Types of Sound Poetry
Sound poetry is type of poetry that resides within its own spectrum. Sound poetry is an artistic form (like poetry) but it is a performance. It isn’t like poetry wherein the reader can add drama to the lifeless words. Sound poetry is the use of written language and phonetic sounds. Many verses of sound poems do not have any words involved at all just primitive sounds accompanied by crazy body movements to dramatize the sounds. These sounds often have no meaning. During a sound poetry performance, the poet may hold a picture or an object whilst still making obnoxious (yet meaningful) sounds. Many poets engage in sound poetry as it allows them to use the specific sounds they hear in their mind when they ready contemplate the literary piece. This yet again pushes the known fact that sound poetry is a performance.
Although it may not seem so there are many types of sound poetry. One of such is sound poetry involving sounds from nature. A poet may curate a poetic piece that describes the sunnier days of their life. The times were their senses where awakened to joy and content. The poet will try to emulate the sounds they associate with those times or even produce sounds that are light and joyous representing sunshine and happier moments. Imagery is a powerful aspect of sound poetry. It helps the sound poet with terms or concepts they feel they cannot accurately convey. A sound poet conveying a poem centered on a nature theme will incorporate green and bright colored imagery.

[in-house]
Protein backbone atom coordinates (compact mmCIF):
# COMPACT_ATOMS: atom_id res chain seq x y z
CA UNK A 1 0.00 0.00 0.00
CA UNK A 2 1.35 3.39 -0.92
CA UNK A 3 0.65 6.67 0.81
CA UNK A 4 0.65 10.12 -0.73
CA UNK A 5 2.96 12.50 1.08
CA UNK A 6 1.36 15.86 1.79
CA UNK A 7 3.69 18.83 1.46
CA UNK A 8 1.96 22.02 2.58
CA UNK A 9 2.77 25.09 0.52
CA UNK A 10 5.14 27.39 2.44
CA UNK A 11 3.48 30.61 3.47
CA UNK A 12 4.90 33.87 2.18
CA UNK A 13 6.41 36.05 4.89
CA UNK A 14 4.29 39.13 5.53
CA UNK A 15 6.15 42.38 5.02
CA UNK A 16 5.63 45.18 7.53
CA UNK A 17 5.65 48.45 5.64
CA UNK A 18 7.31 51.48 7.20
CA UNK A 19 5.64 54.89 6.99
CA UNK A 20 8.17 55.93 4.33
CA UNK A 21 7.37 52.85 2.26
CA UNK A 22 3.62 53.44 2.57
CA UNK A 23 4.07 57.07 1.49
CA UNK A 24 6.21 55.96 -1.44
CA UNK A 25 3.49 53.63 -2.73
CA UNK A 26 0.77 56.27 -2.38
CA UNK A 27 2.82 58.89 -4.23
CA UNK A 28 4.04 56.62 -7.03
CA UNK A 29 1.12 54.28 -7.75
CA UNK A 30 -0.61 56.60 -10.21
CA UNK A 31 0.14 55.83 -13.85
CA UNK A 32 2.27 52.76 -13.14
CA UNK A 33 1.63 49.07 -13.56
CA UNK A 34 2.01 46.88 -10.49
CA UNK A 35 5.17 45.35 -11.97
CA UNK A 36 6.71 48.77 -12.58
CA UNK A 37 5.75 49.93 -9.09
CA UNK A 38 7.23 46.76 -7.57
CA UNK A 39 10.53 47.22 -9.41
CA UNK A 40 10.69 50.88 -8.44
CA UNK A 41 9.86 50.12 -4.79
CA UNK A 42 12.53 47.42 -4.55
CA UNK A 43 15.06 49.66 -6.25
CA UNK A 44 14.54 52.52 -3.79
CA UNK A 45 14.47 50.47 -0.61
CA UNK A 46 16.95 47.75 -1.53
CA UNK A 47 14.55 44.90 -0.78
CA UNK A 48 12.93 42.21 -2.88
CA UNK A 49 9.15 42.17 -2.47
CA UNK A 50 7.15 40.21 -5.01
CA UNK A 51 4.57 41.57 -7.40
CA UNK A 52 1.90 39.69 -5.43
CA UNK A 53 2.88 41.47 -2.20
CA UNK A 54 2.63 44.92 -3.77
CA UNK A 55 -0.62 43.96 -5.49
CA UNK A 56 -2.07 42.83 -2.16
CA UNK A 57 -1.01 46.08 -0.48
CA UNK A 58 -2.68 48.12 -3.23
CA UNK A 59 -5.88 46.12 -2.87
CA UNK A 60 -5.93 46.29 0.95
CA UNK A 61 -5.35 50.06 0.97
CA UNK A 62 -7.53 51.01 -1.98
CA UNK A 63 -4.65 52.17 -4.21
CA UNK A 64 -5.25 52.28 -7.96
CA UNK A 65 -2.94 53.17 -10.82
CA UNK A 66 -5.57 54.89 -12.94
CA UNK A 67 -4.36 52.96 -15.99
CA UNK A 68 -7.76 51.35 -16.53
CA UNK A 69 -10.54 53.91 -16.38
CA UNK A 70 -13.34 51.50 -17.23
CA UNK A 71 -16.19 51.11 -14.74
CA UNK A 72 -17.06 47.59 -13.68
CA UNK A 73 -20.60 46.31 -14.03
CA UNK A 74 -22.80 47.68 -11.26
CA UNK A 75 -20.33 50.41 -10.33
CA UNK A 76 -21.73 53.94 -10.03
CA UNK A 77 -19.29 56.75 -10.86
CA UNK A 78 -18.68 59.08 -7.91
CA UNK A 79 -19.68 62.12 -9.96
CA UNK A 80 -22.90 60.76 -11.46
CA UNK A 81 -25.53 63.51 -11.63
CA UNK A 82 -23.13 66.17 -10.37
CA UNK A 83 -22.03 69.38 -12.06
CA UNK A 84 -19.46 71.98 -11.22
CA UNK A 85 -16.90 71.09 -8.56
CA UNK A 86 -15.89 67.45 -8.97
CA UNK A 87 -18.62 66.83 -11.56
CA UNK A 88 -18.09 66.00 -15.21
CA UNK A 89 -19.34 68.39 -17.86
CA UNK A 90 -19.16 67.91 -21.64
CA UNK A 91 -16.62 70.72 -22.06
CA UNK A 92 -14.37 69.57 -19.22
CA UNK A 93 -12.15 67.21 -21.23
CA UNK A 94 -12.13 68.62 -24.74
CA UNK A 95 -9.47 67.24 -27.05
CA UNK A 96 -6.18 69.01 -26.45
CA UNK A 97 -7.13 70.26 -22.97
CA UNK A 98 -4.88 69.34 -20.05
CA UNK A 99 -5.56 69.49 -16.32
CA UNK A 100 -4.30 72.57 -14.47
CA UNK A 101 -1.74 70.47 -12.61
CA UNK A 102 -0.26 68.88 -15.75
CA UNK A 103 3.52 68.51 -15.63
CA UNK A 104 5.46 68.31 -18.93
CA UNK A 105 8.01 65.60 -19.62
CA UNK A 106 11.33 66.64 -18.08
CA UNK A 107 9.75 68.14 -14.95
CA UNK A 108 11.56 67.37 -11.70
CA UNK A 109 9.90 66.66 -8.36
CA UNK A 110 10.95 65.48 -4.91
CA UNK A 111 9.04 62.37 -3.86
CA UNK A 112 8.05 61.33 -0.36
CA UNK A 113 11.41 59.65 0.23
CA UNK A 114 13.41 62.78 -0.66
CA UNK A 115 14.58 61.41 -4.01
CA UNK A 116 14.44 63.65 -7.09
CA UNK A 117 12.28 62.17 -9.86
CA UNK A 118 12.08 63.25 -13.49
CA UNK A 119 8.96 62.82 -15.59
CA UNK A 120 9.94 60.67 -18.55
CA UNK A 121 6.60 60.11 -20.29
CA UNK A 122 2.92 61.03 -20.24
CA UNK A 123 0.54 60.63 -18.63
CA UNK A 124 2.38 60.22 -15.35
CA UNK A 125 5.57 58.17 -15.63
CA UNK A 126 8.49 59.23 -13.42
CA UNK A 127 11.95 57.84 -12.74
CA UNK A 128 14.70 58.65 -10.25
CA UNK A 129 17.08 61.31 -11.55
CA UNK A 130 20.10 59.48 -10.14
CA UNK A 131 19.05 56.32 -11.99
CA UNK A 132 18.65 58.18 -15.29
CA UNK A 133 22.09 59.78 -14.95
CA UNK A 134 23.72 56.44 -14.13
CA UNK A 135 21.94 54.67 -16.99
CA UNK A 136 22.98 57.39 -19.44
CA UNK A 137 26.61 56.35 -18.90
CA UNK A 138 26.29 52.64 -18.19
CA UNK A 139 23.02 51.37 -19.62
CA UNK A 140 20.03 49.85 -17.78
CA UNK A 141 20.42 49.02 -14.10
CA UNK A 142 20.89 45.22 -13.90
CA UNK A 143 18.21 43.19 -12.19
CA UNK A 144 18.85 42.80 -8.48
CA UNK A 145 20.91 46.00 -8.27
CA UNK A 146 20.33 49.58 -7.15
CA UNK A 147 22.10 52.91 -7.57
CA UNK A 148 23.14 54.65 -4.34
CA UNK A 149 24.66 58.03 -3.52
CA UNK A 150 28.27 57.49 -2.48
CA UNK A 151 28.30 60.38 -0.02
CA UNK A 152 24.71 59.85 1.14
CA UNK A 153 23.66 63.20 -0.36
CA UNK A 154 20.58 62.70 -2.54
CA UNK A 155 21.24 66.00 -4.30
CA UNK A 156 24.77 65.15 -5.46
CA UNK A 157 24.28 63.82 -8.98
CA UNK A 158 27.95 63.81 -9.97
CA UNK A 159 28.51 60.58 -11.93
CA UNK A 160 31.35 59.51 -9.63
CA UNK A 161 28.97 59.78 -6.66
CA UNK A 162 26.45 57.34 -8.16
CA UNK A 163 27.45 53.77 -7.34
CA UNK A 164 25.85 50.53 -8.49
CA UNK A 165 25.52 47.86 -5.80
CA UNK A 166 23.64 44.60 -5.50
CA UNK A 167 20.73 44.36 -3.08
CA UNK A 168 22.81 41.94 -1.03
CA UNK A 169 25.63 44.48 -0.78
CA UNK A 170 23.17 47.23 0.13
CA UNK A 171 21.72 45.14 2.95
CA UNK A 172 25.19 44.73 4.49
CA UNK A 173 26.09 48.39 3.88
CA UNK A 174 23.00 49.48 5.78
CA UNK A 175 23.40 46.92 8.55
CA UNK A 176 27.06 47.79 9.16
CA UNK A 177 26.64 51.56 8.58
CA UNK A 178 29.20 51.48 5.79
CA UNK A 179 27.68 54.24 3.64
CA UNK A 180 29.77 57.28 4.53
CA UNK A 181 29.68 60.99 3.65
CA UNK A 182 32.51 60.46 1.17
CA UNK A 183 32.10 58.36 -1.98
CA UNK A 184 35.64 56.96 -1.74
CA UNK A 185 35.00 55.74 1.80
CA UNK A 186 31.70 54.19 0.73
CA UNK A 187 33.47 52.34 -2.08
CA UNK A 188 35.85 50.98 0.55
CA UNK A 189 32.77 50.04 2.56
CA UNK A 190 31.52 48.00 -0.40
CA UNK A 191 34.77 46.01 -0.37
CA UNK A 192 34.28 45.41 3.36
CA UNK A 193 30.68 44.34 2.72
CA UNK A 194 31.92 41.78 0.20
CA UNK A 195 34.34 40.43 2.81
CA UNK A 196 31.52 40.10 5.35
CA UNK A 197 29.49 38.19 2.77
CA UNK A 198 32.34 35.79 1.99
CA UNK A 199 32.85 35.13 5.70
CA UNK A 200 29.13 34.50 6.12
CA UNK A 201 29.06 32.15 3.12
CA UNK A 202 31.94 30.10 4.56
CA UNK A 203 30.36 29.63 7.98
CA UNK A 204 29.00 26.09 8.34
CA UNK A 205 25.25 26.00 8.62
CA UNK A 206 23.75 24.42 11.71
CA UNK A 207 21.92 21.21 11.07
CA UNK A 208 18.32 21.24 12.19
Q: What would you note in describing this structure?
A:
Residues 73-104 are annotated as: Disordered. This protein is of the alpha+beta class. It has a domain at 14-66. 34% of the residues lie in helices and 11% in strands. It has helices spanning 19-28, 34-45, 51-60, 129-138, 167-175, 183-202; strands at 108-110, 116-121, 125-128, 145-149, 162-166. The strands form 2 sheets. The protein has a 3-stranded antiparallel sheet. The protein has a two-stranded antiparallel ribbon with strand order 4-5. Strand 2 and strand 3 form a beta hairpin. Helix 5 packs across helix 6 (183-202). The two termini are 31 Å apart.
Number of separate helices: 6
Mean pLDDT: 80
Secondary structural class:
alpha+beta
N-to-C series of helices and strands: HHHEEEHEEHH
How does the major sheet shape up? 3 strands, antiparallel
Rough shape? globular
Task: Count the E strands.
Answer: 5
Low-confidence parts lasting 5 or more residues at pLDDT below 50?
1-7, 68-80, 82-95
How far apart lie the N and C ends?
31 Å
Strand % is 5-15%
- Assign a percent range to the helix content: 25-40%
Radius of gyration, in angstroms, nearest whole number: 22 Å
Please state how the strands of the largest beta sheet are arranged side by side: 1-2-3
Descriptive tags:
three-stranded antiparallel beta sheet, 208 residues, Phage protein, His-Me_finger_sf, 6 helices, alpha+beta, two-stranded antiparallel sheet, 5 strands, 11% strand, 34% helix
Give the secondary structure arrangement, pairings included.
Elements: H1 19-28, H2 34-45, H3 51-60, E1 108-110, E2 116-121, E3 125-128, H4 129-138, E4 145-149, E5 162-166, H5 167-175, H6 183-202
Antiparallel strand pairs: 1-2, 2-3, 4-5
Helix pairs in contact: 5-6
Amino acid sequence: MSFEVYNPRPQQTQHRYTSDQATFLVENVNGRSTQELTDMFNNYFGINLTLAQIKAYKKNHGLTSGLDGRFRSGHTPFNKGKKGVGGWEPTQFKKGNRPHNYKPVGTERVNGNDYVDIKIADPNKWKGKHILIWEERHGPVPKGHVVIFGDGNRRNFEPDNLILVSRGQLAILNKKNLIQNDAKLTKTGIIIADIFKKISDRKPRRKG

Another type of sound poetry involves electric sounds. Some sound poets record themselves performing their poem. The sound poet then employs computers and sound systems to add an electronic feel to their poetic piece. You will still hear hissing, moaning, meowing, hollering and cooing but all sounds will be electrically enhanced. Many sound poets who like to modify their voice outputs electrically do so because they like the live and organic manufacturing of sounds, but they want to add that futuristic twist. Such sound poets are not caught up in the technologies of the far future but are caught up in the expansive art gallery they have in their mind.
Dada is another style of sound poetry. Cubism, Futurism, Constructivism, and Expressionism Dada began in Zurich, Switzerland in amid the brutality of World War I (1914–18). Dada was the first art movement where the focus of the artists was not on crafting aesthetically pleasing pieces of art but on making pieces that generated difficult questions about society, the role of the artist in this era, and the eternal purpose of art.
There is no verified statement about the origin of the movement’s name. Some people say that a German artist Richard Helsabeck plunged a knife at into a dictionary, where it landed on a picture of a “dada”, a French term for a hobby horse. Others say that it resonates with the first words of a child. Sound poetry is indeed an art form in its own right.